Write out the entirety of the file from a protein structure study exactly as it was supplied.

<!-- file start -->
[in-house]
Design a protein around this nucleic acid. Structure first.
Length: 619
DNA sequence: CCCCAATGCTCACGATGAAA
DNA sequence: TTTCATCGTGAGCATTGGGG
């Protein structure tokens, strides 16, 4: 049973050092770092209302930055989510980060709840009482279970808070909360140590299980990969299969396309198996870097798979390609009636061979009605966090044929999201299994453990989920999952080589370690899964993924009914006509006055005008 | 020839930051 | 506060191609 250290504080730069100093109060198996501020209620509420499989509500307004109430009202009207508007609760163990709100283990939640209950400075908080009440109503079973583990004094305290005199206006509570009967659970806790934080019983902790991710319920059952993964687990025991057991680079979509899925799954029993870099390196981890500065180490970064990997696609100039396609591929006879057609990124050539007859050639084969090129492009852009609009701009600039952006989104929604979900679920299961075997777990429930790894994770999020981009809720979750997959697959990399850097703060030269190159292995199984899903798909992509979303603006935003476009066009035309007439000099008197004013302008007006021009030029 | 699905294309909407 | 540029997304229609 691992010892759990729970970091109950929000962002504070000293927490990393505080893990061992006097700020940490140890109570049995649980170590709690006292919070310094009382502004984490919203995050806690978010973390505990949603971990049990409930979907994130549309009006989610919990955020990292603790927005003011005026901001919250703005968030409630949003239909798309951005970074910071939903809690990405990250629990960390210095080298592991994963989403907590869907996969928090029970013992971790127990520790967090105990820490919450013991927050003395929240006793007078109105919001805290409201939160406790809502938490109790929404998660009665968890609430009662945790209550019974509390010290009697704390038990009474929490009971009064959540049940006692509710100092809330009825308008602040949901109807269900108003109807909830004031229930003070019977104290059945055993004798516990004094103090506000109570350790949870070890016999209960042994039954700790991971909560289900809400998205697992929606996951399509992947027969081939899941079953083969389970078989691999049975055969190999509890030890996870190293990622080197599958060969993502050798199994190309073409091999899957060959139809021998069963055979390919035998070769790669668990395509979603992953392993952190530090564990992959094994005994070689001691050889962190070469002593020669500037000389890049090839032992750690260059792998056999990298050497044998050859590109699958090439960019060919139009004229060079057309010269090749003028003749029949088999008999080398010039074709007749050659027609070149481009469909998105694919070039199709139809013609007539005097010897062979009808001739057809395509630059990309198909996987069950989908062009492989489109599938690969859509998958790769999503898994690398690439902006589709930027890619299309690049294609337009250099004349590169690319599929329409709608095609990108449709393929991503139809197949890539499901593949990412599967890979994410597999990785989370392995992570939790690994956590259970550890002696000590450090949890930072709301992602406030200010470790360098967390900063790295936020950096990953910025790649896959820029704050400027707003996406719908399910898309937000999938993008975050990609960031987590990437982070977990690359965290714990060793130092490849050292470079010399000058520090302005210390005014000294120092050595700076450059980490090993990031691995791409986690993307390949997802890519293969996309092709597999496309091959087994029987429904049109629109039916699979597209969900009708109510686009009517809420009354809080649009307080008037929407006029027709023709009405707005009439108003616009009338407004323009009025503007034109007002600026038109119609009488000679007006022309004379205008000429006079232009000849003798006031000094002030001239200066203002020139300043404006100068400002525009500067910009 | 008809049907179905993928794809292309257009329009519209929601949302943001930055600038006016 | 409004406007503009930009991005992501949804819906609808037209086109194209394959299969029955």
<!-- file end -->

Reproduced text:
[in-house]
Design a protein around this nucleic acid. Structure first.
Length: 619
DNA sequence: CCCCAATGCTCACGATGAAA
DNA sequence: TTTCATCGTGAGCATTGGGG
């Protein structure tokens, strides 16, 4: 049973050092770092209302930055989510980060709840009482279970808070909360140590299980990969299969396309198996870097798979390609009636061979009605966090044929999201299994453990989920999952080589370690899964993924009914006509006055005008 | 020839930051 | 506060191609 250290504080730069100093109060198996501020209620509420499989509500307004109430009202009207508007609760163990709100283990939640209950400075908080009440109503079973583990004094305290005199206006509570009967659970806790934080019983902790991710319920059952993964687990025991057991680079979509899925799954029993870099390196981890500065180490970064990997696609100039396609591929006879057609990124050539007859050639084969090129492009852009609009701009600039952006989104929604979900679920299961075997777990429930790894994770999020981009809720979750997959697959990399850097703060030269190159292995199984899903798909992509979303603006935003476009066009035309007439000099008197004013302008007006021009030029 | 699905294309909407 | 540029997304229609 691992010892759990729970970091109950929000962002504070000293927490990393505080893990061992006097700020940490140890109570049995649980170590709690006292919070310094009382502004984490919203995050806690978010973390505990949603971990049990409930979907994130549309009006989610919990955020990292603790927005003011005026901001919250703005968030409630949003239909798309951005970074910071939903809690990405990250629990960390210095080298592991994963989403907590869907996969928090029970013992971790127990520790967090105990820490919450013991927050003395929240006793007078109105919001805290409201939160406790809502938490109790929404998660009665968890609430009662945790209550019974509390010290009697704390038990009474929490009971009064959540049940006692509710100092809330009825308008602040949901109807269900108003109807909830004031229930003070019977104290059945055993004798516990004094103090506000109570350790949870070890016999209960042994039954700790991971909560289900809400998205697992929606996951399509992947027969081939899941079953083969389970078989691999049975055969190999509890030890996870190293990622080197599958060969993502050798199994190309073409091999899957060959139809021998069963055979390919035998070769790669668990395509979603992953392993952190530090564990992959094994005994070689001691050889962190070469002593020669500037000389890049090839032992750690260059792998056999990298050497044998050859590109699958090439960019060919139009004229060079057309010269090749003028003749029949088999008999080398010039074709007749050659027609070149481009469909998105694919070039199709139809013609007539005097010897062979009808001739057809395509630059990309198909996987069950989908062009492989489109599938690969859509998958790769999503898994690398690439902006589709930027890619299309690049294609337009250099004349590169690319599929329409709608095609990108449709393929991503139809197949890539499901593949990412599967890979994410597999990785989370392995992570939790690994956590259970550890002696000590450090949890930072709301992602406030200010470790360098967390900063790295936020950096990953910025790649896959820029704050400027707003996406719908399910898309937000999938993008975050990609960031987590990437982070977990690359965290714990060793130092490849050292470079010399000058520090302005210390005014000294120092050595700076450059980490090993990031691995791409986690993307390949997802890519293969996309092709597999496309091959087994029987429904049109629109039916699979597209969900009708109510686009009517809420009354809080649009307080008037929407006029027709023709009405707005009439108003616009009338407004323009009025503007034109007002600026038109119609009488000679007006022309004379205008000429006079232009000849003798006031000094002030001239200066203002020139300043404006100068400002525009500067910009 | 008809049907179905993928794809292309257009329009519209929601949302943001930055600038006016 | 409004406007503009930009991005992501949804819906609808037209086109194209394959299969029955």